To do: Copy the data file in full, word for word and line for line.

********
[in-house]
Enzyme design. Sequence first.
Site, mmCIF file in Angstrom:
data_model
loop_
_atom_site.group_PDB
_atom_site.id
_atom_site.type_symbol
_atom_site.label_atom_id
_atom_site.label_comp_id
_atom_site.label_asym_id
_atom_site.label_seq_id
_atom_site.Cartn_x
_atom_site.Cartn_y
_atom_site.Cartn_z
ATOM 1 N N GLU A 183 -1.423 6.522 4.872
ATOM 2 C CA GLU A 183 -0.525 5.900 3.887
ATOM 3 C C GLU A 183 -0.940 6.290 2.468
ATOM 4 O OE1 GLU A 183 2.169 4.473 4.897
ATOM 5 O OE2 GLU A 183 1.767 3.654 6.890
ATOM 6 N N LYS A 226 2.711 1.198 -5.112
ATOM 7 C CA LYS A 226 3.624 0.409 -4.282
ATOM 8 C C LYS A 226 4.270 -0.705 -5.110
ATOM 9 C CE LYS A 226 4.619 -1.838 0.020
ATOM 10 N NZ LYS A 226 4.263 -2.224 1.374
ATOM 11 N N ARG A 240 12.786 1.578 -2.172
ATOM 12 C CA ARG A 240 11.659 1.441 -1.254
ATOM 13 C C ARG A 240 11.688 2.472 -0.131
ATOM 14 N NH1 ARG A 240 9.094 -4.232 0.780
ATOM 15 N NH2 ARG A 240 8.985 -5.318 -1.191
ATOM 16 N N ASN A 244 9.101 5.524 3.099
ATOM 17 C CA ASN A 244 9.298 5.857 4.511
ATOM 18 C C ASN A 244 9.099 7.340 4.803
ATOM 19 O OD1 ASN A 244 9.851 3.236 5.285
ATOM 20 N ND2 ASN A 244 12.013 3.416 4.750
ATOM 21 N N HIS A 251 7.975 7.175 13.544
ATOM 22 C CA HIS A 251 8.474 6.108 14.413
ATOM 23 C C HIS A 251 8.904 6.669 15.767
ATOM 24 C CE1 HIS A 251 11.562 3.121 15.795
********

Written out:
[in-house]
Enzyme design. Sequence first.
Site, mmCIF file in Angstrom:
data_model
loop_
_atom_site.group_PDB
_atom_site.id
_atom_site.type_symbol
_atom_site.label_atom_id
_atom_site.label_comp_id
_atom_site.label_asym_id
_atom_site.label_seq_id
_atom_site.Cartn_x
_atom_site.Cartn_y
_atom_site.Cartn_z
ATOM 1 N N GLU A 183 -1.423 6.522 4.872
ATOM 2 C CA GLU A 183 -0.525 5.900 3.887
ATOM 3 C C GLU A 183 -0.940 6.290 2.468
ATOM 4 O OE1 GLU A 183 2.169 4.473 4.897
ATOM 5 O OE2 GLU A 183 1.767 3.654 6.890
ATOM 6 N N LYS A 226 2.711 1.198 -5.112
ATOM 7 C CA LYS A 226 3.624 0.409 -4.282
ATOM 8 C C LYS A 226 4.270 -0.705 -5.110
ATOM 9 C CE LYS A 226 4.619 -1.838 0.020
ATOM 10 N NZ LYS A 226 4.263 -2.224 1.374
ATOM 11 N N ARG A 240 12.786 1.578 -2.172
ATOM 12 C CA ARG A 240 11.659 1.441 -1.254
ATOM 13 C C ARG A 240 11.688 2.472 -0.131
ATOM 14 N NH1 ARG A 240 9.094 -4.232 0.780
ATOM 15 N NH2 ARG A 240 8.985 -5.318 -1.191
ATOM 16 N N ASN A 244 9.101 5.524 3.099
ATOM 17 C CA ASN A 244 9.298 5.857 4.511
ATOM 18 C C ASN A 244 9.099 7.340 4.803
ATOM 19 O OD1 ASN A 244 9.851 3.236 5.285
ATOM 20 N ND2 ASN A 244 12.013 3.416 4.750
ATOM 21 N N HIS A 251 7.975 7.175 13.544
ATOM 22 C CA HIS A 251 8.474 6.108 14.413
ATOM 23 C C HIS A 251 8.904 6.669 15.767
ATOM 24 C CE1 HIS A 251 11.562 3.121 15.795